Minister rules out property market collapse
Updated: 2016-03-18 08:42
By Hu Yuanyuan(China Daily Europe)
Minister of Housing and Urban-Rural Development Chen Zhenggao (center) addresses a news conference on March 15 during the NPC annual session. [Photo by Wang Zhuangfei / China Daily]
China's real estate market will not collapse, as happened in Japan two decades ago, because the situations of the two countries are very different, Chen Zhenggao, the minister of housing and urban-rural development, said on March 15.
"It's not appropriate to compare the real estate market in China with that of Japan in the 1990s, as the two countries are in different stages of economic development and urbanization. We also have different macro policies to control the situation," he said.
Chen's remarks came amid growing concern over the potential risks in China's real estate sector as home prices in Beijing, Shanghai and Shenzhen have surged 20 to 30 percent since the Lunar New Year.
In Shenzhen, prices have increased 72 percent over the past 12 months, according to the Shenzhen Urban Planning, Land and Resources Commission.
The supply-demand imbalance and the easing of monetary policy are regarded as major reasons for the latest price surges in major cities.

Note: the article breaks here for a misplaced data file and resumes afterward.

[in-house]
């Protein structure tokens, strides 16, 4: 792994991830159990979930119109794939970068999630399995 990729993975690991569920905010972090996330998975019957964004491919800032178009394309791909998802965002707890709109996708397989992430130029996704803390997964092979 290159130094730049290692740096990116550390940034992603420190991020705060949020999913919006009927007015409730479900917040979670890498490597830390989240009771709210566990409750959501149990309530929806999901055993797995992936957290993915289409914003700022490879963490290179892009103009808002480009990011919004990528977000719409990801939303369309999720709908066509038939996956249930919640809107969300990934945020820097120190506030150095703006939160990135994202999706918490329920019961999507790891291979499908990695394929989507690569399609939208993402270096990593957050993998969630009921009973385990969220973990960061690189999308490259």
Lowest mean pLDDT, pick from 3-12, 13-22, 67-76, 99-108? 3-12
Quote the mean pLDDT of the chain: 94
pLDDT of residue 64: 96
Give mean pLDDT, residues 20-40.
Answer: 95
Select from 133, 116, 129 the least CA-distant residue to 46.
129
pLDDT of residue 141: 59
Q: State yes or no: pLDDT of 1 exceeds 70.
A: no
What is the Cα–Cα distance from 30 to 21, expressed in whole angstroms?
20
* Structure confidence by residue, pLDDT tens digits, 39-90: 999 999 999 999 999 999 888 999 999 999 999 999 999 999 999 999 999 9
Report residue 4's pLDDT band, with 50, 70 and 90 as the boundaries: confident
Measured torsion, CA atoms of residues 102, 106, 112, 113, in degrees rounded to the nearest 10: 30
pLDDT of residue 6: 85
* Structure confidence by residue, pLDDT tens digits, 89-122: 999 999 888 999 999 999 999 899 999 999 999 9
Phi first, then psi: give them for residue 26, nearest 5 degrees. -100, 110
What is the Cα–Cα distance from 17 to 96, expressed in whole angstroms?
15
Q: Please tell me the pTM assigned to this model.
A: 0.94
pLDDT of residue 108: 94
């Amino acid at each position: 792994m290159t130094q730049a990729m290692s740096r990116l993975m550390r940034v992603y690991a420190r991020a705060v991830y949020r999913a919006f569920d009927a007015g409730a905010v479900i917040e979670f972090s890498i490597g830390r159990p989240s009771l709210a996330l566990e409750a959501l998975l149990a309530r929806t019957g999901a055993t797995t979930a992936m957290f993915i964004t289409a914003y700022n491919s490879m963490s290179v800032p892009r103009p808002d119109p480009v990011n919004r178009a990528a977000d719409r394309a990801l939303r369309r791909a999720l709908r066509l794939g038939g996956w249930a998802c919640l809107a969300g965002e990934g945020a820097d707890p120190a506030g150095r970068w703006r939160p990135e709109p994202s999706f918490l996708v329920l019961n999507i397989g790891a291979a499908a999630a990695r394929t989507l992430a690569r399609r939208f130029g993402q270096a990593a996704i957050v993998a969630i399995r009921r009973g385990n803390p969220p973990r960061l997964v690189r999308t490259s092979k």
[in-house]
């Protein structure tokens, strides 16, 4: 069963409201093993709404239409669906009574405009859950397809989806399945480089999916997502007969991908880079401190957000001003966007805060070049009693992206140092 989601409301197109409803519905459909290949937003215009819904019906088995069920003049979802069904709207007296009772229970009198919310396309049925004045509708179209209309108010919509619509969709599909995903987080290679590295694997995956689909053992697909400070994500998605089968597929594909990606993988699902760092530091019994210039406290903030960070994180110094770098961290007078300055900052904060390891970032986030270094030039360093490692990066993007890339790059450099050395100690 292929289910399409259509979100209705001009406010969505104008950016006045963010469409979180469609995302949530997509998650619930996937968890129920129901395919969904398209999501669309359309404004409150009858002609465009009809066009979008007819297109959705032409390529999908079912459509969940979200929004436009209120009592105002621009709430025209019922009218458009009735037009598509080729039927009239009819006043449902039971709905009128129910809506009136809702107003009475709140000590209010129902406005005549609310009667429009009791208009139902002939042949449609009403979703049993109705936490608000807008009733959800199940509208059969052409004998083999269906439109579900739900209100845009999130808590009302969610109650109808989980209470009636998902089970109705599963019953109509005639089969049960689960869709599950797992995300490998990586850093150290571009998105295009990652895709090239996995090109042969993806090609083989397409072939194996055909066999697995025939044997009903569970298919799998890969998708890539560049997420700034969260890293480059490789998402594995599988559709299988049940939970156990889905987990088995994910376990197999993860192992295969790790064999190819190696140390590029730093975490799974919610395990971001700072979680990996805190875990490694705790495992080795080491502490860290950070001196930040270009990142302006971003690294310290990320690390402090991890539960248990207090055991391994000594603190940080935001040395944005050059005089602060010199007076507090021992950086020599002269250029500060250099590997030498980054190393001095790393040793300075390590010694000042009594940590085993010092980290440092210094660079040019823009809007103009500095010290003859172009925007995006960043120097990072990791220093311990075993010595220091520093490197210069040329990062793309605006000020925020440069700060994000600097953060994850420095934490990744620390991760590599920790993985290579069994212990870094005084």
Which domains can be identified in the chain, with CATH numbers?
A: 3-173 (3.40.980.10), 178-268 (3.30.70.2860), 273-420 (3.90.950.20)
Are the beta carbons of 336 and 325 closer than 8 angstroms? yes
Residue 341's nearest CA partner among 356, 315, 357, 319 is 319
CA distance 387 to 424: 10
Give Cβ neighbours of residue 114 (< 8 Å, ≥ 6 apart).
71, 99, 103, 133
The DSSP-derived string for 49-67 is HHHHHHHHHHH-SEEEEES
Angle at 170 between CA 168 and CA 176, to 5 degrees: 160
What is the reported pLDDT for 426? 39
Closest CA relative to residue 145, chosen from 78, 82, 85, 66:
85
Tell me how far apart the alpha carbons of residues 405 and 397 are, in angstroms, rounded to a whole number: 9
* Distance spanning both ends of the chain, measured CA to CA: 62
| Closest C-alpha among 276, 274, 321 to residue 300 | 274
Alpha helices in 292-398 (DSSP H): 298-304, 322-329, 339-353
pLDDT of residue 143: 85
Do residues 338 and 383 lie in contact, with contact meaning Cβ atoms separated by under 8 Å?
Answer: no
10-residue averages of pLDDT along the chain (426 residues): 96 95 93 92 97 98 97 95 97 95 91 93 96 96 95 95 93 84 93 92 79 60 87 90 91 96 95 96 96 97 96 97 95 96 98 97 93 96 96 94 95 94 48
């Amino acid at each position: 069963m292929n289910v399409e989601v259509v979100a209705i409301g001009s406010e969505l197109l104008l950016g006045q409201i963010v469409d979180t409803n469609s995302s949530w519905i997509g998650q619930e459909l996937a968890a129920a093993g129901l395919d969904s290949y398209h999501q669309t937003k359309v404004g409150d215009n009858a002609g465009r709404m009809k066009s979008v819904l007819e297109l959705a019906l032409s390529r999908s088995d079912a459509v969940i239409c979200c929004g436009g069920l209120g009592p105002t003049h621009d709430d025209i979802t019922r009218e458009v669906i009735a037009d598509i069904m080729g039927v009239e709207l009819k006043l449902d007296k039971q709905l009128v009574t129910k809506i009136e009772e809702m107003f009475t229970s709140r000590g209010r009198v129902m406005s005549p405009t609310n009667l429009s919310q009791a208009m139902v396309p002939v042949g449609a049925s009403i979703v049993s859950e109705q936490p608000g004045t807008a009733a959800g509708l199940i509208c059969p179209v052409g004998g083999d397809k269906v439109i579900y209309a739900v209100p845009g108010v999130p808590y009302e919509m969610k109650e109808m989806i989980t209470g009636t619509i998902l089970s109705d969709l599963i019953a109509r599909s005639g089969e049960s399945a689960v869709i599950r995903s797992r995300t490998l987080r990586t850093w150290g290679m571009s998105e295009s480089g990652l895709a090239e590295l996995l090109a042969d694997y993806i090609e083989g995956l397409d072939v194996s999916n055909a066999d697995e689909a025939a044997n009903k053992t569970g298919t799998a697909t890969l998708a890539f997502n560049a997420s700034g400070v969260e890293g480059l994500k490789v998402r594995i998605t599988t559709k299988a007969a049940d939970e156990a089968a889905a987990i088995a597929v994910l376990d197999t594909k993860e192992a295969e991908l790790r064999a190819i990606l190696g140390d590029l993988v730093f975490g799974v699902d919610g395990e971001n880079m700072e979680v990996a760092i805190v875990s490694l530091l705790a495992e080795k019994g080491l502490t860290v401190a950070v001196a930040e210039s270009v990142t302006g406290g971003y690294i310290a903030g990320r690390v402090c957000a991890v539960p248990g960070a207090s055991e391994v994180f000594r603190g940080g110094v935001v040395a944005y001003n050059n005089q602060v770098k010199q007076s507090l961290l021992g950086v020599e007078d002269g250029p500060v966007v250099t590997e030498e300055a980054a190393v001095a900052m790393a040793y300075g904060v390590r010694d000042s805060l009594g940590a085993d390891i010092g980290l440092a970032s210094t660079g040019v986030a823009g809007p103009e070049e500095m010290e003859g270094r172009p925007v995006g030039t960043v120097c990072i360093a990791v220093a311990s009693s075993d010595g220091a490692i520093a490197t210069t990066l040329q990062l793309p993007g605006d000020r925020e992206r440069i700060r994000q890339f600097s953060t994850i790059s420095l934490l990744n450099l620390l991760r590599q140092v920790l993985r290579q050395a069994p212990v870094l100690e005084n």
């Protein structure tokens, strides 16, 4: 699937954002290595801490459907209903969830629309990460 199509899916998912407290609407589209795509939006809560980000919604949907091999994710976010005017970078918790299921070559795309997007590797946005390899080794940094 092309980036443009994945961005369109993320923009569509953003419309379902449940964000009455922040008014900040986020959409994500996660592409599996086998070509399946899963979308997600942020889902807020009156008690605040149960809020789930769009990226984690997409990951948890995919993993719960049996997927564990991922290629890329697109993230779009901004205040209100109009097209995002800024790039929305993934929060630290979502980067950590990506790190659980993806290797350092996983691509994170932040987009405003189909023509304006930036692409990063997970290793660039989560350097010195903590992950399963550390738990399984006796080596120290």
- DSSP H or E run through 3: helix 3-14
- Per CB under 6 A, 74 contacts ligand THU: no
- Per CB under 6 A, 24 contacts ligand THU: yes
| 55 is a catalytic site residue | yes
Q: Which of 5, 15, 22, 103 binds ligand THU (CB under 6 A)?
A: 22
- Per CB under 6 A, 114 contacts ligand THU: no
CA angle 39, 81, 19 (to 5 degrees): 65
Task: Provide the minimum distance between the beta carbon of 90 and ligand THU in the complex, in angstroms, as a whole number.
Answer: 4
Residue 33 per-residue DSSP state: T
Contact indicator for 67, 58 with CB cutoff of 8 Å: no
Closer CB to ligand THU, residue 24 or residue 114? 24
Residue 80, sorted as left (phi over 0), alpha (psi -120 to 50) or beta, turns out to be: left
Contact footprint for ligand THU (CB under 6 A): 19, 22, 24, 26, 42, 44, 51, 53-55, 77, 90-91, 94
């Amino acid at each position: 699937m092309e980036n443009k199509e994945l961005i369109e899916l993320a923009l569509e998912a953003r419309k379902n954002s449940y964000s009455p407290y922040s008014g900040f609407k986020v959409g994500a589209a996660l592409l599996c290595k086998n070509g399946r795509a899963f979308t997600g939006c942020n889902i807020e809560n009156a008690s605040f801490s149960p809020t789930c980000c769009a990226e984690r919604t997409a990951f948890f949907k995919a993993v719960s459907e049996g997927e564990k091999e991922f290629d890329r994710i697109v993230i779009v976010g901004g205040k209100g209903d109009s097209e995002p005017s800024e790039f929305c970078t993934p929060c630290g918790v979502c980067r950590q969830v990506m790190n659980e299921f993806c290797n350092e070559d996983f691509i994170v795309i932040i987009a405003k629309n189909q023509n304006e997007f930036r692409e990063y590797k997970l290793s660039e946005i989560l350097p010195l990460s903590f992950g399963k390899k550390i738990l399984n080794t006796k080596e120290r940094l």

The soaring prices have led to worries that China may repeat what happened in the 1990s in Japan, where the burst of the real estate bubble resulted in an economic recession for almost 20 years.
"Stabilizing home prices in first-tier cities and some second-tier cities is one of our primary tasks. We will take timely, relevant measures, including increasing the supply of land and small and medium-sized apartments, using different policies and cracking down on illegal behavior to push up prices," Chen said.
According to Li Daokui, an economics professor at Tsinghua University, there is no real estate bubble in first-tier cities, based on the price-to-rent ratio. More supply is needed to ease price increases in such cities, Li says.
Yan Yuejin, director of the Shanghai E-House Real Estate Research Center, says the market frenzy in first-tier cities, though a bit unexpected, was fundamentally triggered by the imbalance in supply and demand.
"The international experience sometimes is not applicable to China," Yan says. "For instance, China has more than 3,000 cities, which Japan doesn't have. The situation in China's real estate sector is much more complicated than that in Japan."
Home prices probably will increase further in the long run, he adds.
Chen said he was confident in the future development of China's real estate sector, due to the country's solid economic growth and the potential for urbanization.
China's GDP is expected to grow by 6.5 to 7 percent this year, still much faster than the growth of most economies across the world. The urbanization rate, now at 56.1 percent, will reach 60 percent by the end of the 13th Five-Year Plan (2016-20), indicating strong market demand for housing in the years ahead, he added.
Du Juan contributed to this story.